Guest post by Natascha Hamman, Cat Matchmaker Lead
The city of Austin has been no kill for six years now, but that does not mean that there aren’t some groups of animals that are still at risk! In the world of feline rescue, incontinent cats are the number one most difficult group to find homes for. Out of all of Austin Pets Alive!’s long stay cats, incontinent cats make up pretty much all of the top ten and are the ONLY cats with stays of 1000 days or more.
Veruca, now known as Harley Quinn, had been with us 1,185 days and was our fourth-longest stay cat when she got adopted. I met her for the first time a little over a year ago, and my goal ever since had been to find her a forever home. Other than being unable to tell when she needs to use the restroom, there is absolutely nothing wrong with Harley. She is beautiful, healthy, gets along well with other cats and dogs, and is just about the friendliest and most outgoing cat you could ever imagine! Nevertheless, she was with us for nearly 1,200 days.
My 2017 New Year’s resolution was to find that home, and just one week after I posted my goal on Facebook, Tracie Fisher, a woman who had previously adopted another incontinent foster from Austin Pets Alive!, reached out saying she was interested. We began preparations to get Harley from my house in Austin to Tracie’s in Oregon. One month later, on February 16, Harley began the almost 2,800-mile journey home.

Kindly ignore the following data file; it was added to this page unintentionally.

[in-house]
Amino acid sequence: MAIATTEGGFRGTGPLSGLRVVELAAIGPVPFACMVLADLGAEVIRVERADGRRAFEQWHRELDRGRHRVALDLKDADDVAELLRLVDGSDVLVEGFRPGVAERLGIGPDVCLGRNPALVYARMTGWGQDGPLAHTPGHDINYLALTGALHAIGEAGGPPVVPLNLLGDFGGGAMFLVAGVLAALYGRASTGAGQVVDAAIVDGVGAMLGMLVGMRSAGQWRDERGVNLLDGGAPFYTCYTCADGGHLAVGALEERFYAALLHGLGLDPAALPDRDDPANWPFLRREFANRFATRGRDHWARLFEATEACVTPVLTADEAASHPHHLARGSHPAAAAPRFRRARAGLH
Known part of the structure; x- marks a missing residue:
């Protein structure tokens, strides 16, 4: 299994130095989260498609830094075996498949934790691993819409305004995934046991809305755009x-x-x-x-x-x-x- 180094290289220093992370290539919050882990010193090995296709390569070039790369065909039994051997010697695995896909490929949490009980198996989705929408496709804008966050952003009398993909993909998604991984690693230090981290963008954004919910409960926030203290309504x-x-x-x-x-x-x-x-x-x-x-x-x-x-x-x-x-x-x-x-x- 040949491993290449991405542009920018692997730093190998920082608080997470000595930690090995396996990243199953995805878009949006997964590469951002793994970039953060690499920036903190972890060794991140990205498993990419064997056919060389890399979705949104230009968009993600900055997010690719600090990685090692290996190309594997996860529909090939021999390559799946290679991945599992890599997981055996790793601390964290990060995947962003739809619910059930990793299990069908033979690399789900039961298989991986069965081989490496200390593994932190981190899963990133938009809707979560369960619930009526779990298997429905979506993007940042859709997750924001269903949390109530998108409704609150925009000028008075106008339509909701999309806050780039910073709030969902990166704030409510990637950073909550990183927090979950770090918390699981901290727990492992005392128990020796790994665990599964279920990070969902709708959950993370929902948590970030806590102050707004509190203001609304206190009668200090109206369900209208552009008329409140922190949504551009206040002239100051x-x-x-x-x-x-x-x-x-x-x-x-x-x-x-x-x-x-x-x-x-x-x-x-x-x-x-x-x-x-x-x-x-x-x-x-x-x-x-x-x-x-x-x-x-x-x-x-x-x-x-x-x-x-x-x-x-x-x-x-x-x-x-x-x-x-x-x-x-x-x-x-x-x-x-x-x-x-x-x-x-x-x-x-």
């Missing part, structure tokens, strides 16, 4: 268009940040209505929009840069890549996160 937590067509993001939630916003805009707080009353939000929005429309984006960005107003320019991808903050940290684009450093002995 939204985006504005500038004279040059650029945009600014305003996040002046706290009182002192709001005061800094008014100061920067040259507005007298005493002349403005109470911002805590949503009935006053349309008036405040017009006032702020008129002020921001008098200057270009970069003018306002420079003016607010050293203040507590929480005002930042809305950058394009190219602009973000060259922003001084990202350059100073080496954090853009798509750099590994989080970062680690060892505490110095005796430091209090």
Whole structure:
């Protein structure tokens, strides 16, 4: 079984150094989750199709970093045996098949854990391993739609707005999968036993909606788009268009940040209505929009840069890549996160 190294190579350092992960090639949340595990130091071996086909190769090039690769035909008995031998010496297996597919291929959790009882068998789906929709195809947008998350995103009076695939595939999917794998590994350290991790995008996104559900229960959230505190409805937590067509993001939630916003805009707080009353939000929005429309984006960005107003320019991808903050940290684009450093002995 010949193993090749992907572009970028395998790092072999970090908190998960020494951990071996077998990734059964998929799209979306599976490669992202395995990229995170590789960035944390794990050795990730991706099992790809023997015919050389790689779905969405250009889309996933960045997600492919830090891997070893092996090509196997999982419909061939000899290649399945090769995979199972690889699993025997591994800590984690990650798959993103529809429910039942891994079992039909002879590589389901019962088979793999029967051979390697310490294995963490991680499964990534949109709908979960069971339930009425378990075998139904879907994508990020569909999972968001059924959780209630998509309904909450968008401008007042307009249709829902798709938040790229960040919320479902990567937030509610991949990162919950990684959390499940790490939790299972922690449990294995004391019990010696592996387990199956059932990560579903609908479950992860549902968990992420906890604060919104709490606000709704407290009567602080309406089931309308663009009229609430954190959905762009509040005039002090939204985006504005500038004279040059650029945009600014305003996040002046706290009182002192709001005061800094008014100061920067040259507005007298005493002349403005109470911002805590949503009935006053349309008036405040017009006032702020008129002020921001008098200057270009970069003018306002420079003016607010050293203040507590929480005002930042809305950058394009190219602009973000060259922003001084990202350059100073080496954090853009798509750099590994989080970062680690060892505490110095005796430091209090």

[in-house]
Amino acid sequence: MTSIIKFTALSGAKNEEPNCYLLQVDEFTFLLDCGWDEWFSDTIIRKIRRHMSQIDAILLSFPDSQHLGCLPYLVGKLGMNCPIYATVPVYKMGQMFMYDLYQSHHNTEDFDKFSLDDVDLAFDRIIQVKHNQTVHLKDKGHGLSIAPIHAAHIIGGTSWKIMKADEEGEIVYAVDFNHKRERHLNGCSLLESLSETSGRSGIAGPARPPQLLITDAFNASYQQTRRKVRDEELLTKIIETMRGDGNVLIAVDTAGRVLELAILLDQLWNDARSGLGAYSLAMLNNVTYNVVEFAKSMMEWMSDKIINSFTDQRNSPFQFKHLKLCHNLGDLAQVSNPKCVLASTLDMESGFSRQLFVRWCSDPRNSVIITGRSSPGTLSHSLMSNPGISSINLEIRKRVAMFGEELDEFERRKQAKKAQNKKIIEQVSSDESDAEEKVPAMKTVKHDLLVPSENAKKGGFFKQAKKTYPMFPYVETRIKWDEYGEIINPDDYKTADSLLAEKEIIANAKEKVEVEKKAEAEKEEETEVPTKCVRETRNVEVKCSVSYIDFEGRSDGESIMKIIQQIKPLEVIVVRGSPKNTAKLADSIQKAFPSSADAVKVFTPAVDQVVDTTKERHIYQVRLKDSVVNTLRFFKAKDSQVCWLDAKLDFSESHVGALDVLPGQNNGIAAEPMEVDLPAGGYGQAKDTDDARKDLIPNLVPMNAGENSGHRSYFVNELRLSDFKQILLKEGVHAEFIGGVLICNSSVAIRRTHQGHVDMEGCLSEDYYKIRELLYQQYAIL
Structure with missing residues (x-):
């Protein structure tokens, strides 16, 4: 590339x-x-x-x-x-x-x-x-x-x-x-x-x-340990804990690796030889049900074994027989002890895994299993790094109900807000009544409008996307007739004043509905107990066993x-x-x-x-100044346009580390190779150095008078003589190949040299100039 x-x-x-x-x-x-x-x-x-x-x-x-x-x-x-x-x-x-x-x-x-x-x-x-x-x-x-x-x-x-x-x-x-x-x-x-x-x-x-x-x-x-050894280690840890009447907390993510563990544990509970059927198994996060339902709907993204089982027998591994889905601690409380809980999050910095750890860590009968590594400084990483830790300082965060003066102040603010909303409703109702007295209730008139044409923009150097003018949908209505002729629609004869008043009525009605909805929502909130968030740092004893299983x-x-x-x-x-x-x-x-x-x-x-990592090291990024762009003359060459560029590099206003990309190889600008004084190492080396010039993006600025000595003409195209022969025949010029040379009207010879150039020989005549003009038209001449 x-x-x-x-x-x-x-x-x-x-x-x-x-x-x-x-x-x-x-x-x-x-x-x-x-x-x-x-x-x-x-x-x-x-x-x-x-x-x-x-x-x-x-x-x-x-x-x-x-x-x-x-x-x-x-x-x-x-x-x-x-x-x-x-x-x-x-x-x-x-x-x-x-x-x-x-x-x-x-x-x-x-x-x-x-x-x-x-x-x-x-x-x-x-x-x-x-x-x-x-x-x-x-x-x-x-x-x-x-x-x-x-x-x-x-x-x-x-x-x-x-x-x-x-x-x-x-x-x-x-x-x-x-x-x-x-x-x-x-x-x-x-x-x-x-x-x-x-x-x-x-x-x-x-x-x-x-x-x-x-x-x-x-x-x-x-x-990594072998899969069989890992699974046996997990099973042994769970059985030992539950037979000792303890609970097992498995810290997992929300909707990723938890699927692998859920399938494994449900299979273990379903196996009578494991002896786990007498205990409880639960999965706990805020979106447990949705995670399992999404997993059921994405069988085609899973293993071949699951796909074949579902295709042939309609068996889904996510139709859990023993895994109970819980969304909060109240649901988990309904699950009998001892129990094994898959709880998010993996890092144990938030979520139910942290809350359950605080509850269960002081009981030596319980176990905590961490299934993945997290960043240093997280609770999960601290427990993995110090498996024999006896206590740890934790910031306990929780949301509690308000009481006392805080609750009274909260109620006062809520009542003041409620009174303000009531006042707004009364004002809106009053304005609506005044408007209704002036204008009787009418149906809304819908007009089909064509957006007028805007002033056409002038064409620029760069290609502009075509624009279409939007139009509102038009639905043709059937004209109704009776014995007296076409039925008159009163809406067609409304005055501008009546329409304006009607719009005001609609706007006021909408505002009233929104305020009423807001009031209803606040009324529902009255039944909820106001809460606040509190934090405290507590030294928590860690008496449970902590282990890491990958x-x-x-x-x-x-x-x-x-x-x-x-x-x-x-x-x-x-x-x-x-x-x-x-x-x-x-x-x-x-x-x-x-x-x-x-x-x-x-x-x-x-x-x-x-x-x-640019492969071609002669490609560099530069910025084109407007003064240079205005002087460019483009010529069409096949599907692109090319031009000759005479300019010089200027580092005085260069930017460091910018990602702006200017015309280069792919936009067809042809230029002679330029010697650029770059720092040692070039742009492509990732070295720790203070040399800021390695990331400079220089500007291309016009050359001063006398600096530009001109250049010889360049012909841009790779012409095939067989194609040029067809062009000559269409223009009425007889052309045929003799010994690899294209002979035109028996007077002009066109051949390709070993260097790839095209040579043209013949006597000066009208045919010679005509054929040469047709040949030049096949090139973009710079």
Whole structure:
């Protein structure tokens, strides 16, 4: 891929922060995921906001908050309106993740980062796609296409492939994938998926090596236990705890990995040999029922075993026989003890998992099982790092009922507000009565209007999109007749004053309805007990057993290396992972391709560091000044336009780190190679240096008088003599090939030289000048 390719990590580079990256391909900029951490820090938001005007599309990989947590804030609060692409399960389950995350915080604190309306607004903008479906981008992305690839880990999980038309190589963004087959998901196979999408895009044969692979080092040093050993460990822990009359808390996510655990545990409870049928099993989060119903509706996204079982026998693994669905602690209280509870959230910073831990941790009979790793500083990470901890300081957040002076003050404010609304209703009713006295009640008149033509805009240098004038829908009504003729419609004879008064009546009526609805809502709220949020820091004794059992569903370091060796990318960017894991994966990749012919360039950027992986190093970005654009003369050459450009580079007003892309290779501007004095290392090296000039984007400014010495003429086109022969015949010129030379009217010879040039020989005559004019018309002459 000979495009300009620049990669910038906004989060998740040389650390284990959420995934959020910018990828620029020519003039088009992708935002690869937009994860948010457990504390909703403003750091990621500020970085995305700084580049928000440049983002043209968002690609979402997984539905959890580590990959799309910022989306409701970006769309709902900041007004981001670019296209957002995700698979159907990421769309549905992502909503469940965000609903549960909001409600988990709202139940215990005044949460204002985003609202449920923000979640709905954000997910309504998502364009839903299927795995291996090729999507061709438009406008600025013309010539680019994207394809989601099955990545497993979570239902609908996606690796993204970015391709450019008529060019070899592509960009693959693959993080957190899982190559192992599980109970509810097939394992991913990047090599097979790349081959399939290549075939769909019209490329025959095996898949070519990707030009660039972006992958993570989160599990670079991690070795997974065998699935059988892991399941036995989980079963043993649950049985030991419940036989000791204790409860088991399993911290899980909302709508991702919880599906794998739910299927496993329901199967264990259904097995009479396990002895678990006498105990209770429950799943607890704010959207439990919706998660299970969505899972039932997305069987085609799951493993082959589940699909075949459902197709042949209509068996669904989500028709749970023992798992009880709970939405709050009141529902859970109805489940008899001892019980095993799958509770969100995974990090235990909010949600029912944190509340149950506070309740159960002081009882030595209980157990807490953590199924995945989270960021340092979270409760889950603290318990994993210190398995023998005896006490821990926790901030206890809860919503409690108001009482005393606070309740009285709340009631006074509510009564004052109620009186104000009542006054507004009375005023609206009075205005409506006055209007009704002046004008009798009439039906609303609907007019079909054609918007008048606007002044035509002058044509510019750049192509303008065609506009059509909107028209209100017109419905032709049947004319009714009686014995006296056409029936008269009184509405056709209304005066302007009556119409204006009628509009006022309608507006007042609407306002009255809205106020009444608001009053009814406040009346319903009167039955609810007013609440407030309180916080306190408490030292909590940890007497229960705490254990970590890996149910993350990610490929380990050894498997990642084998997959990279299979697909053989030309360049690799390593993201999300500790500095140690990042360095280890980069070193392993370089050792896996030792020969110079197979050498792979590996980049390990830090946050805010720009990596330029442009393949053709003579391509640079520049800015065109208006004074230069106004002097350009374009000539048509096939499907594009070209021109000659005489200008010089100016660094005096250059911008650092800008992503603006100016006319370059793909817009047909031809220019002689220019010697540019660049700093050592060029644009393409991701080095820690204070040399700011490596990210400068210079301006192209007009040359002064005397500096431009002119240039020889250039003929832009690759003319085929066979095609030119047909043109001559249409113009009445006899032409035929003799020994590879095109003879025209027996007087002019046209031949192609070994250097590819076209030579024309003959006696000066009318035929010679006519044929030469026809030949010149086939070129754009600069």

Great life events often require result from great communities, and Harley’s story is no exception. A string of 21 volunteers through the volunteer transport organization Kindred Hearts Transport Connection drove 2,764 miles over a span of four days and three nights to make the impossible possible. One of the overnight volunteers remarked that Harley was one of the nicest cats she had ever met and that she must be “an angel sent to remind us all to be kinder to one another.” Another said that out of all the furbabies he’d transported over the years, he’d never seen one with as much “stuff” as Harley, and that all her luggage was indicative of how much she is loved. I’m inclined to agree with both of them. She arrived in Oregon with more items than I had packed for her. Many of her belongings were added by the people who she met and whose lives she had touched along the way.
It may have taken 1,185 days and 2,800 miles for Harley to get home and more time and effort than the average adoption, but every single one of those days was worth it. If more people can be like Tracie and the volunteers who got Harley home, then we can continue to save more lives like hers. After all, her life is one worth saving.